Art has always been important to me. I’ve always enjoyed dabbling (what some call “process art”) as well as more structured lessons. Oli’s first art activity was fingerpainting at age 4-months. I poured three globs of tempura paint colors onto a square of white paper and put this gently inside a ziplock bag. Sealing it with clear tape, I set the bag in front of her and watched her excitement and wonder and she squooshed the paint onto the paper through the plastic bag.
She’s been an art lover ever since.
Much like most learning at the age of five, kids learn best about art through play. This is what we call “process art,” the term I used above. Process art involves tinkering and playing with various mediums. It encourages a child to freely experience and learn to use art materials though experimentation to see how the materials work and interact. The idea is to become comfortable with trying new things, learning through hands-on experience and trial and error. It’s also, incidentally, how many artists come upon their individual style.
Because I wanted of little of both worlds – structured and process art – I chose a beginner’s art curriculum and two supporting books:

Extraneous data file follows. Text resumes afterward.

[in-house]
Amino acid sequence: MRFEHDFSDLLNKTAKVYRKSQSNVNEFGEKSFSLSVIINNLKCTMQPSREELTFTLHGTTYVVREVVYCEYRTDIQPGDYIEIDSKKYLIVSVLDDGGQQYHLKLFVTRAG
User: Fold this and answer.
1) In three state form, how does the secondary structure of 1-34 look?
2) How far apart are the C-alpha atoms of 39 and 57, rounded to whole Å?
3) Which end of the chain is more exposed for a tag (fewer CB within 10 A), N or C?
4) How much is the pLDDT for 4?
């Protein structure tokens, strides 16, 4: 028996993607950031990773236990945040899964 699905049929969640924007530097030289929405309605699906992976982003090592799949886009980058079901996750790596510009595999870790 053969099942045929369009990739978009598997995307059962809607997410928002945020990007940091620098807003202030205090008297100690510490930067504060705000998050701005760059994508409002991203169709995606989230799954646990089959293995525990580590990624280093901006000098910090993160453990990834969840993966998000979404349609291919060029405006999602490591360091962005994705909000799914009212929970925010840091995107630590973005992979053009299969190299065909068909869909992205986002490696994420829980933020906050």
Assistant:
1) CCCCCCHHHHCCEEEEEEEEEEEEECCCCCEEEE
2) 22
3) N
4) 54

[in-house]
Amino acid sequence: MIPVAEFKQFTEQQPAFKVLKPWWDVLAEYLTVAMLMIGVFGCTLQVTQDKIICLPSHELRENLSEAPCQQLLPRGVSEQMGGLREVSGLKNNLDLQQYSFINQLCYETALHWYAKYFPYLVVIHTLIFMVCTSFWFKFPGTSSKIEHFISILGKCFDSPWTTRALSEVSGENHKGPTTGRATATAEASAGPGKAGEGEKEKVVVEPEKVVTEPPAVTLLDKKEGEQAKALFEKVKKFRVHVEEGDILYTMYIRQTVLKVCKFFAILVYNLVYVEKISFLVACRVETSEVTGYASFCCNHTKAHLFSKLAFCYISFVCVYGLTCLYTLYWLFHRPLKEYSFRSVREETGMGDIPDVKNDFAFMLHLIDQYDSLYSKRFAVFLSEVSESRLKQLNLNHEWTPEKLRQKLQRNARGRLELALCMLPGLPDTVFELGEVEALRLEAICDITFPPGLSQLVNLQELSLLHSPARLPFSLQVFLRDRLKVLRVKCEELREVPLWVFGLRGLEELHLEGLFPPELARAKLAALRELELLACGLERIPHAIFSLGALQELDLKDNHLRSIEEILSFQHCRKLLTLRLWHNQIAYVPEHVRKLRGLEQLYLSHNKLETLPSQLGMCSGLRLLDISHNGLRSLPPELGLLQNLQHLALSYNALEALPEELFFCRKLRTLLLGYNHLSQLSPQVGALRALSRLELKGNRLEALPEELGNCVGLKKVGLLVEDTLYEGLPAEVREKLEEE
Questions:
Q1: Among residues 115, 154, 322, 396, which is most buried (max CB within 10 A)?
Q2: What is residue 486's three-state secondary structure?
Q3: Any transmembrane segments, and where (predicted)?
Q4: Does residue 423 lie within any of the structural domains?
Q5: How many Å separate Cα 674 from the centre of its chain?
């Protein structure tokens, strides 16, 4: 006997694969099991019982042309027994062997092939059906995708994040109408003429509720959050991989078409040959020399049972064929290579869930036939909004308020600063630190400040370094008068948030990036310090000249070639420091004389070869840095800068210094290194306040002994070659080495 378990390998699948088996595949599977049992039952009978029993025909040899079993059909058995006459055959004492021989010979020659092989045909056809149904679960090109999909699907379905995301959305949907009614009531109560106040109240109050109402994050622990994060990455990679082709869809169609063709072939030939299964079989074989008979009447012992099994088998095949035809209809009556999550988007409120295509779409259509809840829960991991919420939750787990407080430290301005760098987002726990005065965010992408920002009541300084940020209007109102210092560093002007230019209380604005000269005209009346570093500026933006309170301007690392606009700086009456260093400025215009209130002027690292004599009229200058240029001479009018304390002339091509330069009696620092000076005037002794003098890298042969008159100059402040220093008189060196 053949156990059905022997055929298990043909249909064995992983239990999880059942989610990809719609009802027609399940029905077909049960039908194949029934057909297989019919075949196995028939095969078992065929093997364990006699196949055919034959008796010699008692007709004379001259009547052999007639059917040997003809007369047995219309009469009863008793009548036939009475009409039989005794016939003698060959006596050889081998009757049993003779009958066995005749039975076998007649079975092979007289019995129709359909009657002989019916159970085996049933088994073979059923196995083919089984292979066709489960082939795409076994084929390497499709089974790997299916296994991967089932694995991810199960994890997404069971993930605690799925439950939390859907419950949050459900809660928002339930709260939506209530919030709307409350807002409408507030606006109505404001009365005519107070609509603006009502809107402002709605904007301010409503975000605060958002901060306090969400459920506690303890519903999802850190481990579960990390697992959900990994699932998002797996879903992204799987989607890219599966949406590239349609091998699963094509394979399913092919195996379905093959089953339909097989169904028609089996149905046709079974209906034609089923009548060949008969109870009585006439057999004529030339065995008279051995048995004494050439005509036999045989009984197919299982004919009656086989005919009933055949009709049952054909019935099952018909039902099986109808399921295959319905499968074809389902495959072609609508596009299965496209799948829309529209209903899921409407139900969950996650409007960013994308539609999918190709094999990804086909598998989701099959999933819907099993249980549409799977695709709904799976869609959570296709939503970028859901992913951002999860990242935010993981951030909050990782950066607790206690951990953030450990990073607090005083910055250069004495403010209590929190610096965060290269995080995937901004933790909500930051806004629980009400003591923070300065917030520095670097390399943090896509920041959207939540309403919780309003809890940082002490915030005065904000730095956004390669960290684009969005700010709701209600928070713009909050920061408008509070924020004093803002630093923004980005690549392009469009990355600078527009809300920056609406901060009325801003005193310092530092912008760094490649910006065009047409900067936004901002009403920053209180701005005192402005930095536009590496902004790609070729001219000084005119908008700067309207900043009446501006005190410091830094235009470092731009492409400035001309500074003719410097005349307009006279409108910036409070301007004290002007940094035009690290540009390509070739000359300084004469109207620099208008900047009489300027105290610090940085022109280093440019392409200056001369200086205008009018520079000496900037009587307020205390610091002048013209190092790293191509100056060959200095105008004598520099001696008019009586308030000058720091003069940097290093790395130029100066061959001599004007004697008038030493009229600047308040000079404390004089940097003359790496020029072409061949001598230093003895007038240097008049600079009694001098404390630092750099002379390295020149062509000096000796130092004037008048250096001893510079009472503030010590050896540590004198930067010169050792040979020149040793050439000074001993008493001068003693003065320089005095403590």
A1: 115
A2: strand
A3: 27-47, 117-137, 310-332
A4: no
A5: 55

What I like about this program is the instruction provided for parents on the child’s brain and how creativity works in children. The preschool program called, The Way They See It, is all about introductions to various art materials. It presents new materials alongside classic artwork and scripted questions for engaging your child in a discussion about what they see. If you follow the link above, you’ll see that Artistic Pursuits provides very generous samples to preview the material before you buy.
I really appreciate this approach. Because my child is too young to appreciate art history, I can still share famous works of art with her in a more basic approach. Because we’ve always done art, many of the formal instruction is too basic for us (such as learning how to use scissors), but even so, the artwork and projects are perfectly aligned with her interests, so this is a win! Artistic Pursuits goes on to offer art instruction up through the high school level and I look forward to seeing future books from this company.
The Art Books for Children
After a little research and some luck, I stumbled upon these fantastic books from Phaidon Press. Each book features 30 artists and a piece of two of their work for study. The background info is sparse but sufficient and the questions are thoughtful and encouraging. These can either be read, page by page, or paired alongside activities.
Here are a couple of examples of what we’ve done…
I’m thinking a future post might feature extension ideas for these books. What do you think? What have been your successes and failures with home art instruction?